About this Research Topic
Although many studies suggest both genetic and lifestyle factors including dietary patterns play important and sex-specific roles in disease development, the role of gender is still obscure and is in urgent need of comprehensive investigation. Many confounders may bias the association in epidemiological research in relation to sex. There are possible biological mechanisms of male sex bias that affect the severity of NCDs, particularly with respect to immune responses. Variability of risk factors for NCDs, such as hypertension, fasting glucose, and insulin can also be explained by sex-dimorphic genetic effects and novel loci.
The main objective of this Research Topic is to understand the recent advances on the roles of gender and dietary patterns in the etiology and prognosis of cancer, diabetes, cardiovascular disease, and certain infectious diseases. This Research Topic will cover topics including sex disparity immunotherapy outcomes, genetic and transcriptomic analysis to reveal mechanisms of sex dimorphism in immune response, and the development of novel biomarkers for precision treatment. These topics will help to clarify the role of gender and its molecular basis in disease susceptibility, etiology, and treatment.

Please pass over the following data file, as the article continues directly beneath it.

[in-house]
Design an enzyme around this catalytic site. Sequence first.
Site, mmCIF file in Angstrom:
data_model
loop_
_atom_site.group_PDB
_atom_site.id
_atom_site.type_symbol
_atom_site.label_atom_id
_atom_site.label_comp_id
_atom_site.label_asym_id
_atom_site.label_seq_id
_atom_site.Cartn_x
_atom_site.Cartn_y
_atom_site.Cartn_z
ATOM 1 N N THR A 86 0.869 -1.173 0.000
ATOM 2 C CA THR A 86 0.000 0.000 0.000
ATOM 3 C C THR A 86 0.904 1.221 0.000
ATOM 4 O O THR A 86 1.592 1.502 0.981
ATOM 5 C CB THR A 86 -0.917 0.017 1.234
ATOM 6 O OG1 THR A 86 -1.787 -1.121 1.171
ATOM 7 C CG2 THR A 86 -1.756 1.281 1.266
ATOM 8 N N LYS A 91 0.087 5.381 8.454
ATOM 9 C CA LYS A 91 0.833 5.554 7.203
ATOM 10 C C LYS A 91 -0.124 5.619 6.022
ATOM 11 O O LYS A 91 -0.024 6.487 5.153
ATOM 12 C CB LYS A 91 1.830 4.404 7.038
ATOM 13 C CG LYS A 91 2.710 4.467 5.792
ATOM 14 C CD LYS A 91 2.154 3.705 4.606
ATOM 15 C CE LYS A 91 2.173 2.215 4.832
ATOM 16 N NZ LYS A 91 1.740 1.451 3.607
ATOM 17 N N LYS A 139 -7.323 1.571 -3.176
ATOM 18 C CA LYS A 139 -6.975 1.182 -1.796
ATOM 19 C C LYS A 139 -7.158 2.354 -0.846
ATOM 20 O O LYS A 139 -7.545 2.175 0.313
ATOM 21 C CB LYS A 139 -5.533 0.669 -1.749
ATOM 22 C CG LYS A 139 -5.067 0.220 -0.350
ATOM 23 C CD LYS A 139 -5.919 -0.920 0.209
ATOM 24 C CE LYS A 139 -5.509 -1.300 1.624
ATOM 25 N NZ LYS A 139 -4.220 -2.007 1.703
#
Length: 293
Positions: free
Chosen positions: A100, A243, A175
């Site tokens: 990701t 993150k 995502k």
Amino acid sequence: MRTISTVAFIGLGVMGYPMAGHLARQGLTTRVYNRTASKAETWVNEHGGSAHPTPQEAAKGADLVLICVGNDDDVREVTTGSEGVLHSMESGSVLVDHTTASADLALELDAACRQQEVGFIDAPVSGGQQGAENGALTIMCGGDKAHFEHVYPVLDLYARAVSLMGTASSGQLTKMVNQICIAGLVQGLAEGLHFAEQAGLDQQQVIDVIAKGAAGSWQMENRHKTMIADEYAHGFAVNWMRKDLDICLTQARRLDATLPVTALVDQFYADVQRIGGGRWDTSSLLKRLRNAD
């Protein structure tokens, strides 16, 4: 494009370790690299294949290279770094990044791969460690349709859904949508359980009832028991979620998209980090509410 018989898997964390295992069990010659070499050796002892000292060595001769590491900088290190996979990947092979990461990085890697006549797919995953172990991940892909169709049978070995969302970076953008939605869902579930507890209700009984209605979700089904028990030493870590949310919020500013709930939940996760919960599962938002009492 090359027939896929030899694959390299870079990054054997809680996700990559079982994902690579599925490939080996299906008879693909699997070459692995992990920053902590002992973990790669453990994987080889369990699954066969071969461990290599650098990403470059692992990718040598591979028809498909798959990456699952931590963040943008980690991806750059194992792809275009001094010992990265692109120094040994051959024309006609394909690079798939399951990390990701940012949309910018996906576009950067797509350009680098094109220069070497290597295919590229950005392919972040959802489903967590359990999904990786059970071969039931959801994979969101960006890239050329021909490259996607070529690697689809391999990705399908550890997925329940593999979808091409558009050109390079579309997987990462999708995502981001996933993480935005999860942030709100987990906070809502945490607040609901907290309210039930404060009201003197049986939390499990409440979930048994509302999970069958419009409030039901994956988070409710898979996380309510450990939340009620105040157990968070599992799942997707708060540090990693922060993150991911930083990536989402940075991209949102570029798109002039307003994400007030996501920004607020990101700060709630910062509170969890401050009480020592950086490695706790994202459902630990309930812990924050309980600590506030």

Specifically, we welcome the submissions of Original Research (including Meta-analyses) and Reviews articles focusing on, but not limited to, the following terms:
1. The impact of sex/gender on etiology and prognosis of cancer, diabetes, cardiovascular disease, and certain infectious diseases
2. Sex-specific dietary/lifestyle pattern associated with health outcomes
3. Gene-gender/gender-dietary pattern interactions in disease susceptibility and prognosis
4. The potential underlying mechanism of sex dimorphism in immune response and immunotherapy outcomes
Keywords: Sex Disparity, Hormone, Cancer Epidemiology, Prevention, Survival
Important Note: All contributions to this Research Topic must be within the scope of the section and journal to which they are submitted, as defined in their mission statements. Frontiers reserves the right to guide an out-of-scope manuscript to a more suitable section or journal at any stage of peer review.